Kamis, 13 September 2012

Steps in Composing or Improvising an Organ Sonata

Are you struggling with composition or improvisation of the organ piece in the classical sonata form? If you know how to do it, it is not as difficult as it may seem at first. Here are the steps you could take in composing or improvising a sonata on the organ.

The sonata form consists of 3 main parts: Exposition, Development, and Recapitulation.

I. Exposition (in the major key)

1. Choose a key and create the main theme of the energetic character. This will be the so called "question" (4 measures). Tip: end on the Dominant chord.

2. An answer to the question (4 m). Tip: end on the tonic chord.

3. Repeat the question (4 m).

4. A different conclusion (4 m) in the tonic key.

5. A bridge from the main key to the Dominant. End on the Dominant of the new key (8 m).

6. The secondary theme in a lyrical character in the key of the Dominant (4 m)

7. An answer to the secondary theme (4 m).

8. A contrasting episode (question) (Dominant of the Dominant, 4 m)

9. Answer of the contrasting episode (Dominant of the dominant, 4 m)

10. Repeat of the secondary theme (4 m)

11. A different answer to the secondary theme (4 m)

12. Closing theme of a lively character in the Dominant key (4 m)

13. Answer to this theme (4 m)

14. Repeat of the answer (4 m)

15. Repeat of the second half of the answer (2 m)

16. Repeat the cadence only (1 m) in the Dominant.

17. (Optional) Repeat the Exposition from the very beginning until this place.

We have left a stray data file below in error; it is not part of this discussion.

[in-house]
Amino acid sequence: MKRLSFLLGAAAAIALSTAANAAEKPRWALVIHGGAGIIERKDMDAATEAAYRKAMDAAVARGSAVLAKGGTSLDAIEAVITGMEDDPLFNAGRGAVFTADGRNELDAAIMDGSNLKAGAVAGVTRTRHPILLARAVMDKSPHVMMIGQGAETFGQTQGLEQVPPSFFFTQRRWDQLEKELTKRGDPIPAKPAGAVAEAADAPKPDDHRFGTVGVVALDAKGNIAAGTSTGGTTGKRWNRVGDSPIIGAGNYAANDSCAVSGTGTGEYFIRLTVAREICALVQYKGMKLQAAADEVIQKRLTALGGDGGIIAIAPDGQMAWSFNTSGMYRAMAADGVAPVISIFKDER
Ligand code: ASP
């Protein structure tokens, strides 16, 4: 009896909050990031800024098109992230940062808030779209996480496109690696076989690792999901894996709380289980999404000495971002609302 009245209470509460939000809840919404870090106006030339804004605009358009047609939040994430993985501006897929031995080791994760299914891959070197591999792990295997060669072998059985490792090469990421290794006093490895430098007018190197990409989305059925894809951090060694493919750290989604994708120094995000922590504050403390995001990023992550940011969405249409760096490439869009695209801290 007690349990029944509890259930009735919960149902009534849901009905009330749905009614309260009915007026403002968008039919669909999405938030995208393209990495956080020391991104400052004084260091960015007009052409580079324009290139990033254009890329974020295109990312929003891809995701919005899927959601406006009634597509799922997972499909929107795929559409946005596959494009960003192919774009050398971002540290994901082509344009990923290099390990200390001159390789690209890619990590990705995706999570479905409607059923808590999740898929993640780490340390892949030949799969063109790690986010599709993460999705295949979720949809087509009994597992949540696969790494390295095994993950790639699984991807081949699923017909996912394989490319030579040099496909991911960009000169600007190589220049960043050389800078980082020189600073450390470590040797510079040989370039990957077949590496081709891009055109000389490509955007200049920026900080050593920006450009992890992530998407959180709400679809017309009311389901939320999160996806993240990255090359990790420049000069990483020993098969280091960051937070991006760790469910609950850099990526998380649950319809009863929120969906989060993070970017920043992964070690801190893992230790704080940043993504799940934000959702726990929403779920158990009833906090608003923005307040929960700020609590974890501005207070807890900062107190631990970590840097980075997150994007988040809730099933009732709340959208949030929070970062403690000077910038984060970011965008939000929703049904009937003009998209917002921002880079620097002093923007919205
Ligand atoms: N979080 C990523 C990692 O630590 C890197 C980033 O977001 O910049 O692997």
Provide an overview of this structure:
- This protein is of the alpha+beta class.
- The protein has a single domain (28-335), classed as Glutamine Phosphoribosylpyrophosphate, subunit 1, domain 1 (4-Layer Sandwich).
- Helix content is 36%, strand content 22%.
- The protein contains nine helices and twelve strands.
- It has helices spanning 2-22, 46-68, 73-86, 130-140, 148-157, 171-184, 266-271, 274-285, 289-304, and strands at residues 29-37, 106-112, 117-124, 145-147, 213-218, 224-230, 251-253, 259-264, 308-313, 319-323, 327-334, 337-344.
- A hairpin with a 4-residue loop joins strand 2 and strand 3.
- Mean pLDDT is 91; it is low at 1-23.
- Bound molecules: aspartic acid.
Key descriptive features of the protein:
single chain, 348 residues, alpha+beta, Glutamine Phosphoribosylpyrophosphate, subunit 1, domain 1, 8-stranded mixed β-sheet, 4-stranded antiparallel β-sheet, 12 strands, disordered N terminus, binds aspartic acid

II. Development

Tips for creating a Development section:

1. You can start with the main theme in the minor dominant key or minor Tonic.

2. When developing a theme, choose a fragment of it (1-2 measures) and use sequences, modulations, and imitations. You can also change melodic intervals in the theme, rhythms, harmony, and texture.

3. Structure you development so that 1) you will develop the main theme in the above ways, 2) develop the secondary theme, and 3) prepare for the recapitulation.

4. The preparation is usually done by using a Dominant pedal point - an episode which increases tension. Here the main emphasis is on the Dominant chord which alternates with the 2nd inversion tonic chord and/or diminished 7th chord built on the 7th scale degree of the Dominant. The reason for a rising tension is this - there is no real resolution to the tonic chord.

III. Recapitulation

1. Repeat steps 1-5 from the Exposition but instead of modulating in the Bridge, stay in the tonic key. Tip: In order to end this Bridge on the Dominant chord of the tonic key, START the bridge in the Subdominant key.

2. Repeat steps 6-16 from the Exposition transposed to the Tonic key.

Variation: you can reverse the order of the main and the secondary themes in the Recapitulation.

Use these tips when composing or improvising a classical sonata on the organ. For best results, don't forget to analyze the works of your favorite composers. If you choose an opening minor key, the first modulation of the Exposition is in the relative major key. In such case, the secondary theme and later parts of the Recapitulation can be in a major tonic.

By the way, do you want to learn to improvise in the style of Bach? If so, I suggest you check out my 9 day mini course in Keyboard Prelude Improvisation.

Or if you want to learn my special powerful techniques which help me to master any piece of organ music up to 10 times faster? If so, download my video Organ Practice Guide.

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